Climate Change and the Pacific Islands

House of Representatives 5/09/2022

Mr KHALIL (Wills) (11:46): I recall that in this place in March I reflected on the then government’s Pacific step-up, and I actually termed it ‘the Pacific stuff-up’. It was really a failure of the former government in positioning Australia as the partner of choice for our Pacific neighbours. The sheer incompetence, at every post, at every milestone, at every turn, when it came to managing our international relationships, was stark.

Well, that period of ineptitude is over. Already, Prime Minister Albanese and Foreign Minister Wong have engaged significantly with our neighbours in the Pacific in the last few months. In doing so, they have re-established the foundation for engaging with our partners on substantive issues of mutual importance—issues like climate change, which represents an existential threat particularly to the Pacific, with the impacts likely to be more immediate and particularly severe in our region. Prime Minister Albanese joined Pacific leaders in July to declare that the Pacific is indeed facing a climate emergency that threatens the livelihood, security and wellbeing of its people and ecosystems.

That is why one of the first pieces of legislation introduced by the Albanese government was to legislate ambitious emission-reduction targets to achieve net zero by 2050 and limit the global temperature increases that are threatening the existence of our Pacific neighbours, including shifting our national energy market to be made up of 82 per cent renewables by 2030, so rejoining our key partners—not just those in the region, but Canada, South Korea and Japan—in our ambition towards 2030.

We have also committed to increasing official development assistance to the Pacific by $525 million over the next four years. This will include assistance for climate change adaptation and resilience programs. These programs will be developed, designed and implemented in consultation and partnership with our Pacific partners, because they don’t need us to tell them how to do it; already they are at the forefront, globally, on adapting to the impacts of climate change and are indeed world-leading in their calls for greater commitments to address the climate crisis. These programs will form part of a Pacific climate infrastructure financing partnership, supporting the building of the infrastructure and clean energy sources that will make Pacific communities more resilient to the impacts of climate change. This is what true commitment to our Pacific partners is all about.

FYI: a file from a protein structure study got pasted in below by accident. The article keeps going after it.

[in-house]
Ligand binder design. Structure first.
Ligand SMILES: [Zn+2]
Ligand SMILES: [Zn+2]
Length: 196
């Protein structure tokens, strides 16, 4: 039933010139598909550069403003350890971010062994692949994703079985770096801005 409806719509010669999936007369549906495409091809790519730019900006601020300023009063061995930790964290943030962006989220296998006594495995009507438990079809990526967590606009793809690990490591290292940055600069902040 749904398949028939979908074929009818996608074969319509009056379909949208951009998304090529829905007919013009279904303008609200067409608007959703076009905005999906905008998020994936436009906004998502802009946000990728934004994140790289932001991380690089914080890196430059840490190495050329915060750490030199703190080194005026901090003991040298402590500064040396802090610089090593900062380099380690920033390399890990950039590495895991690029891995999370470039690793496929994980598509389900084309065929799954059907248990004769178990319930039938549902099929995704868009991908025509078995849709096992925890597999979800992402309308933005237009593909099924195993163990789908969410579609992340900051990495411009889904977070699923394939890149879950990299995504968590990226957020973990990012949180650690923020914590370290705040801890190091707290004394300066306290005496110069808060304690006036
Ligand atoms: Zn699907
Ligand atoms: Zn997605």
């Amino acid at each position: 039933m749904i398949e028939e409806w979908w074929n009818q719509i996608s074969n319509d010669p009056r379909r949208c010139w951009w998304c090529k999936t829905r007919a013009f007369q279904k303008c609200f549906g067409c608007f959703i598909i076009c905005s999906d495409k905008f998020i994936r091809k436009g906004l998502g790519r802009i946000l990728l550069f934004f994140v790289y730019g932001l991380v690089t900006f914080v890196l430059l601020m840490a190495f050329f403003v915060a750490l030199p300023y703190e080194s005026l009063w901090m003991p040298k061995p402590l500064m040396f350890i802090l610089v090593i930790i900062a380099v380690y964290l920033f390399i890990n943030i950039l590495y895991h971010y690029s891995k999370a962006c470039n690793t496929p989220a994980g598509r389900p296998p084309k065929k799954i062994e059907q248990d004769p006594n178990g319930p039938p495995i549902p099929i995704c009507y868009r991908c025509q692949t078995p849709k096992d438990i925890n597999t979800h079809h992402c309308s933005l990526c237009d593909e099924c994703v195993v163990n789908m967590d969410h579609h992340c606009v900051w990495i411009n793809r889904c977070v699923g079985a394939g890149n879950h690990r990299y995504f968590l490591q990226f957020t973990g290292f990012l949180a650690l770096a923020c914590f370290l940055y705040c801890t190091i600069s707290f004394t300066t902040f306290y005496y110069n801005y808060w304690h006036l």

The previous government’s engagement was marked by paternalism, disrespect and, frankly, condescension. For our government, it is about engaging with our Pacific neighbours as co-equals, as sovereign states, treating them with the respect that they deserve and ensuring that Australia remains their partner of choice for the region. The Albanese government continues to demonstrate Australia’s commitment to this, across areas of shared priority with our partners, whether it be through the $5.6 million e-commerce fund that has helped over 850 small businesses across our region to participate in digital trade or our commitment of an extra $12 million a year for aerial surveillance to help combat the illegal fishing that threatens the region’s fishing industry and costs Pacific island governments more than US$150 million in lost revenue. We will also deliver an Indo-Pacific broadcasting strategy that will provide funding for the ABC to boost Australian content to the Indo-Pacific region, expand regional transmission and train media partners. We will make improvements to our Pacific mobility scheme, such as allowing primary visa holders to bring their partners and children. We’ll also boost permanent migration from Pacific countries.

Up to 3,000 Pacific engagement visas would allow people from Pacific Island nations to move to Australia. All of this is real. All of it is substantive. All of it matters to our Pacific neighbours in ways that will make a real difference to their lives, to their nations. That’s why this is real engagement. We understand the value of people-to-people exchange. We understand the value of cultural links not only for our mutual benefit but for the benefit of the entire region and for regional unity. Generations of migrants have shaped the modern Australian story, and our Pacific friends should continue to play an even larger part in that. We will welcome people from the Pacific Islands with open arms and give true meaning to that term ‘Pacific family’, and we will continue to deepen our ties and ensure Australia remains the partner of choice in the region.